Cruise around the UK for a wonderful 2021 holiday!
April 28, 2021
June 30, 2021

Nettlebed and Warburg Walk


This is the next in a series of social-distancing walks across the Chilterns. This beautiful, stile-free walk features a nature reserve, beech woodlands and rich wildlife.


Length:                         6 miles (Allow 3 hours)

Start & finish:               The Old Kiln, Nettlebed RG9 5BA. Grid Reference SU 701 868

Access Information:     Easy walking on good paths. One gradual climb between the nature reserve and Park Corner. Stile-free and no gates.

Food & drink:               The White Hart pub and the Field Kitchen café in Nettlebed. On route there are picnic tables at Warburg Nature Reserve



From The Old Kiln road, turn left along The Green and follow the narrow road to a junction. Bear left on a road signposted to Magpies. The road is tarmacked to start with, but later turns into a dirt road. At the end of this road turn left, and you have come to the Warburg visitor centre.


  1. From the centre, continue along the main path through the Nature Reserve for 1.5km to reach a 5-way junction.


  1. Carry straight on and follow this wide track for further 1.5km path all the way until you come to a lane. Turn left along the lane to the busy main road and then right for 50m to a wide track on the left.


  1. Take this track and follow it alongside the wood and open field to reach a lane. Turn left, then turn right by Digberry Farm and walk along the lane to Huntercombe End Farm.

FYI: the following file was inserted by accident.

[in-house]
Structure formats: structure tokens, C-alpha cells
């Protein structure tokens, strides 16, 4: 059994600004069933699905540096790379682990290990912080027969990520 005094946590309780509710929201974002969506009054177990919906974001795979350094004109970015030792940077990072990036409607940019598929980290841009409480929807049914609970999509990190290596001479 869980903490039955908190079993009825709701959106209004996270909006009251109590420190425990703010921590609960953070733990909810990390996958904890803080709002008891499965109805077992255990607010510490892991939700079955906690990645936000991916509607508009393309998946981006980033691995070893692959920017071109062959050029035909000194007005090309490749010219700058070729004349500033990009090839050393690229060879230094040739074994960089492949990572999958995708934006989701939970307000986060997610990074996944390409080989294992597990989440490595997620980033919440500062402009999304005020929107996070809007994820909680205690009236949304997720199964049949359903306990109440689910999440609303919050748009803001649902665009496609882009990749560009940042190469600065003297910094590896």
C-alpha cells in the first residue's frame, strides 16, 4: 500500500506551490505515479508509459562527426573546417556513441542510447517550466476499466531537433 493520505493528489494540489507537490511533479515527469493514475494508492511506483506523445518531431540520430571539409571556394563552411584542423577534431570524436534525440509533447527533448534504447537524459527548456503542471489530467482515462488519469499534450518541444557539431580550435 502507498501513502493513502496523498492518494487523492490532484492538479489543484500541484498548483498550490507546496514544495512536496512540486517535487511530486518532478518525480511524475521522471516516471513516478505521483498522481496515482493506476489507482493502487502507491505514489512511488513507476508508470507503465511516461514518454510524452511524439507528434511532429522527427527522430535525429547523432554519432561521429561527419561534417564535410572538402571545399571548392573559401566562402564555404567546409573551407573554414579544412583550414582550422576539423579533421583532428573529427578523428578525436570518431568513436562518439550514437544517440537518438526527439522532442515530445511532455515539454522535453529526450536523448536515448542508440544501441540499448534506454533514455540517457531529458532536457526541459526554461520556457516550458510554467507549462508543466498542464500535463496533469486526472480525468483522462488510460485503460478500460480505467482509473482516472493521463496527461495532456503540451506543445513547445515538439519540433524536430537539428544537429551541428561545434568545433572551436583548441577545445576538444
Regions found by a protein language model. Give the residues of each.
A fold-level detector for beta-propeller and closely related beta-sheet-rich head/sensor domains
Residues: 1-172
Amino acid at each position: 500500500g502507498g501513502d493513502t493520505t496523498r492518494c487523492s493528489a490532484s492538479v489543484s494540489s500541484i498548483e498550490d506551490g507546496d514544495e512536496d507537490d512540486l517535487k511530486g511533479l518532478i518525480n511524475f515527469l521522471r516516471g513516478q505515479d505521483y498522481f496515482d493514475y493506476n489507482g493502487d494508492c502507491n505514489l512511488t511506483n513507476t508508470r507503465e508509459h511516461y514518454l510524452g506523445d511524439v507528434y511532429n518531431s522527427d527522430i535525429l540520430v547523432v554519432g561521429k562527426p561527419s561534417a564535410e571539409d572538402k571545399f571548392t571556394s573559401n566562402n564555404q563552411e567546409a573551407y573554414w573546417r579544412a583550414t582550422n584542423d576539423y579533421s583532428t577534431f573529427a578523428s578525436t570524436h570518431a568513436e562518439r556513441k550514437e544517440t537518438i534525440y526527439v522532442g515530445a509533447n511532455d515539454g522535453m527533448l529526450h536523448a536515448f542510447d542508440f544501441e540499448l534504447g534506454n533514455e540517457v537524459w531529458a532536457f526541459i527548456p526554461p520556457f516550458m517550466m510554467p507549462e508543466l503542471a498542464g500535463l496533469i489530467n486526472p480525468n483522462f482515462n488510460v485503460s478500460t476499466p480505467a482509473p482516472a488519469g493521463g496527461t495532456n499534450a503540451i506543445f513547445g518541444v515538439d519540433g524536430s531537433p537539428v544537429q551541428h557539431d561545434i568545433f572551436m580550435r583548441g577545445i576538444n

1. Just before the right-hand bend, turn left on a wide track through the farm buildings and follow the path (Bushes Lane) all the way until you see some houses on the left. Ignore the stile to the left and continue until there is a junction. Turn right and follow the path until you get to the road.


  1. Turn right to walk alongside the allotments, until you come to the main road. Turn left and follow the short stretch back to The Green.


Points of Interest


Nettlebed is most famous for the manufacture of bricks, tiles and pottery. The Grade II listed bottle kiln was used for making bricks. Probably built in the late 17th century, it would have been one of a number in the area.


Warburg Nature Reserve is one of the largest nature reserves owned by Bucks, Berks and Oxon Wildlife Trust. In spring the woodland is awash with spectacular bluebells and wood anemones and a superb dawn chorus. In summer, the wide and chalk grassland are full of summer flowers, including pyramidal orchids. During the autumn there are glorious colours throughout the tree canopy, while down below grow the Chiltern gentians and an incredible 900 species of fungi. In winter, visitors can enjoy the magical frost along the valley bottom.

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